80. See, e.g., statement by the Chilean Representative at the Sixth Plenary Session of the General Assembly of the OAS, 24 Oct. 1979; MB, Ann. 202, p. 738; statement by the Foreign Minister of Chile at the Second Session of the General Commission of the General Assembly of the OAS, 6 June 1990; MB, Ann. 214, pp. 778-779; statement by the Under-Secretary of Foreign Affairs of Chile at the Second Session of the General Commission of the General Assembly of the OAS, 7 June 1994; MB, Ann. 218, p. 789; statement by the Foreign Minister of Chile at the Fourth Plenary Session of the General Assembly of the OAS, 4 June 1996; MB, Ann. 220, p. 795; statement by the Foreign Minister of Chile at the Fourth Plenary Session of the General Assembly of the OAS, 3 June 1997; MB, Ann. 221, p. 798; and statement by the Foreign Minister of Chile at the Fourth Plenary Session of the General Assembly of the OAS, 6 June 2000; MB, Ann. 223, p. 803. [Back]
81. CR 2015/19, p. 36, para. 29 (Chemillier-Gendreau). [Back]
82. Statement by the Chilean Representative at the Third Session of the General Assembly of the OAS, 12 Nov. 1986; MB, Ann. 208, p. 758. [Back]
83. CR 2015/18, pp. 60-61, paras. 55-56 (Wordsworth). [Back]
84. Ibid., p. 59, para. 51 (c) (Wordsworth). [Back]
85. Affaire relative à l'Incident aérien du 27 juillet 1955 (Israël c. Bulgarie), arrêt, C.I.J. Recueil 1959, p. 142 ; Différend territorial et maritime (Nicaragua c. Colombie), exceptions préliminaires, arrêt, C.I.J. Recueil 2007 (II), p. 852, par. 51. [Retour]
86. CR 2015/19, p. 29, par. 10 (Chemillier-Gendreau). [Retour]
87. Ibid., p. 51, par. 4 (Akhavan). [Retour]
88. CR 2015/19, p. 52, par. 8 (Akhavan). [Retour]
89. Ibid., p. 32, par. 19 et suiv. (Chemillier-Gendreau). [Retour]
90. Ibid., p. 58, par. 23 et suiv. (Akhavan). [Retour]
91. CR 2015/19, p. 51, par. 4 (Akhavan). [Retour]
92. «La délégation de la Bolivie formule une réserve en ce qui concerne l'article VI car elle estime que les procédures pacifiques peuvent également s'appliquer aux différends issus de questions résolues par arrangement entre les parties, lorsque pareil arrangement touche aux intérêts vitaux d'un Etat», onglet nº 3 du dossier de plaidoiries du premier tour du Chili, p. 24, 54 et 55. [Retour]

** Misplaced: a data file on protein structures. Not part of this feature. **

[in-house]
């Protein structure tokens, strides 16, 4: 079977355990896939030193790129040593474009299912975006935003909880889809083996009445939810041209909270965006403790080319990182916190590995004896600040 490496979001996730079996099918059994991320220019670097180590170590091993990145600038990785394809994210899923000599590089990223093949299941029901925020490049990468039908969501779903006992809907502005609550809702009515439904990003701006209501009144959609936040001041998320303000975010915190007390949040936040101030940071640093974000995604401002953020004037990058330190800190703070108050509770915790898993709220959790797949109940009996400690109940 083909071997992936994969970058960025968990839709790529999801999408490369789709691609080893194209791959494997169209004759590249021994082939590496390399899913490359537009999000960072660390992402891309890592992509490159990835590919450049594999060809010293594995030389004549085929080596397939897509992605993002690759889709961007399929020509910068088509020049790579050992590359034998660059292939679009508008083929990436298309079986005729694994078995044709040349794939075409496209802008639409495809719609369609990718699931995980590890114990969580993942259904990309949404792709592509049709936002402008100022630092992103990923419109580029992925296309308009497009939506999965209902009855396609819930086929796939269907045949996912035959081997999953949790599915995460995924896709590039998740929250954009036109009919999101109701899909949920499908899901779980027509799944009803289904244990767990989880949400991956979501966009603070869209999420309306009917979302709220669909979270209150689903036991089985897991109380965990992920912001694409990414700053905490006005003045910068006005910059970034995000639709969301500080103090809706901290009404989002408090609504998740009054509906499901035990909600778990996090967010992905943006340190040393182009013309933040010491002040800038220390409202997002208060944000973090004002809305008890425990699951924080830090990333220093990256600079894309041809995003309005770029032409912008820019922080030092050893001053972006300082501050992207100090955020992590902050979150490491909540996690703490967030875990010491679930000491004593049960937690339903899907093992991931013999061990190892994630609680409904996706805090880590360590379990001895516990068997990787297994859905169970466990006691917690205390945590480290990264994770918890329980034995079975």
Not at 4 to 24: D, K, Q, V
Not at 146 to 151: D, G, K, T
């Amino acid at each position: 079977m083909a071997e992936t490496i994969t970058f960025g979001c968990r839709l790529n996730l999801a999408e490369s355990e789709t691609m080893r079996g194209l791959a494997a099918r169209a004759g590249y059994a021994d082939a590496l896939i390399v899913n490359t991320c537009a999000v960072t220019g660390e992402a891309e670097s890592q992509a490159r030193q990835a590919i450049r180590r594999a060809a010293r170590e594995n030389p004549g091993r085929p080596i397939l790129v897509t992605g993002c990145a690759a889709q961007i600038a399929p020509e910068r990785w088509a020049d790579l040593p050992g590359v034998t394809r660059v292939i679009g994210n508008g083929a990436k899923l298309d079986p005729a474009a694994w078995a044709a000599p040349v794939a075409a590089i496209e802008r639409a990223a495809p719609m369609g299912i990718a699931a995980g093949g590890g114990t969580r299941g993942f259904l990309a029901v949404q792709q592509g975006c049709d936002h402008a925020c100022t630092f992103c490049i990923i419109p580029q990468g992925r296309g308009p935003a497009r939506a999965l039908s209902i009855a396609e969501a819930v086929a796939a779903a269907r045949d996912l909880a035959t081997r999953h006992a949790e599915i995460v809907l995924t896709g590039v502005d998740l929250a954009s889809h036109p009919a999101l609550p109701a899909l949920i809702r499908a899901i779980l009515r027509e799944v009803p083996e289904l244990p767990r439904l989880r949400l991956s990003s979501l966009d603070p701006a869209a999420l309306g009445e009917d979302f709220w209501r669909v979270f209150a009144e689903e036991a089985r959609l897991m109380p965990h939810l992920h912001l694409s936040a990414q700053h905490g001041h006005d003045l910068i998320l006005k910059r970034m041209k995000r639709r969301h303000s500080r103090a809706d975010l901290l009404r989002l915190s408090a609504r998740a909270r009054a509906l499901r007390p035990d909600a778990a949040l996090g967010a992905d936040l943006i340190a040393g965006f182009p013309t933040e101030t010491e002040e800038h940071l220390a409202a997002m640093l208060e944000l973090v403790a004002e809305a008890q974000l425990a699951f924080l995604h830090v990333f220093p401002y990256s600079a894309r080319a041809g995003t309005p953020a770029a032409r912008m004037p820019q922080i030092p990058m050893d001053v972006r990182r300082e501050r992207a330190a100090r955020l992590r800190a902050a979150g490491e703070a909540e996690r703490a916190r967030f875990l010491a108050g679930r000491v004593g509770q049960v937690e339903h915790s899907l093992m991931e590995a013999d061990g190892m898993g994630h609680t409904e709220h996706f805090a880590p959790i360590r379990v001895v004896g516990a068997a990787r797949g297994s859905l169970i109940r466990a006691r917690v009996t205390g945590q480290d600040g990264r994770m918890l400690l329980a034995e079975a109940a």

93. CR 2015/19, p. 44, par. 17 (Remiro Brotóns). [Retour]
94. Différend territorial et maritime (Nicaragua c. Colombie), exceptions préliminaires, arrêt, C.I.J. Recueil 2007 (II), p. 852, par. 51 ; CR 2015/19, p. 44, par. 17 (Remiro Brotóns) ; CR 2015/18, p. 63, par. 6 (Dupuy). [Retour]
95. Affaire des Concessions Mavrommatis en Palestine, arrêt nº 2, 1924, C.P.J.I. série A nº 2, p. 16. [Retour]
96. G. Abi-Saab, Les Exceptions préliminaires dans la procédure de la Cour internationale, 1967, p. 35. [Retour]
97. Différend territorial et maritime (Nicaragua c. Colombie), exceptions préliminaires, arrêt, C.I.J. Recueil 2007 (II), p. 852, par. 51. [Retour]
98. Treaty of Peace and Amity between Bolivia and Chile, signed at Santiago on 20 Oct. 1904 (the 1904 Peace Treaty), tab 1 of judges' folder. [Back]
99. American Treaty on Pacific Settlement, signed at Bogota on 30 Apr. 1948 (entry into force 6 May 1949) (the Pact of Bogotá), tab 3 of judges' folder. [Back]
100. Pact of Bogota, tab 3 of judges' folder, pp. 4, 32 and 33, Art. VI. [Back]
101. CR 2015/18, pp. 22-23, paras. 8-9 (Pinto). [Back]
102. Ibid., p. 27, para. 22 (Pinto). [Back]
103. CR 2015/19, p. 52, para. 6 (Akhavan). [Back]
104. CR 2015/18, pp. 37-38, paras. 19-26 (Bethlehem). [Back]
105. CR 2015/18, p. 55, para. 33 (Wordsworth). See also Chile's preliminary objection, fn. 88. [Back]
106. CR 2015/18, p. 35, fn. 69 (Bethlehem). [Back]
107. Territorial and Maritime Dispute (Nicaragua v. Colombia), Preliminary Objections, Judgment, I.C.J. Reports 2007 (II), p. 858, para. 77; emphasis added. [Back]
108. Speech delivered by President Evo Morales on Bolivia's Day of the Sea, 23 Mar. 2011; judges' folder, tab 32, pp. 5 and 6. See also statement by H.E. Mr. Choquehuanca, Minister for Foreign Affairs of Bolivia, Fourth Session of the General Assembly of the OAS, 5 June 2012; judges' folder, tab 34, pp. 13 and 14. [Back]
109. Chamber of Deputies of Bolivia, Legislature 2011-2012, 38th Session, 24 Mar. 2011; judges' folder, tab 33, pp. 31 and 32. [Back]
110. Chilean National Congress Chamber Debate, Background of Decree No. 526 -- American Treaty on Pacific Settlement (1967); POCh, Ann. 49, Vol. 3, pp. 738 and 739; and Chamber of Deputies of Chile, 42nd Session, 12 May 1965; judges' folder, tab 31, pp. 11-14. [Back]
111. See, e.g., CR 2015/19, p. 11, para. 6 (Rodriguez Veltzé). [Back]
DDHH en Bolivia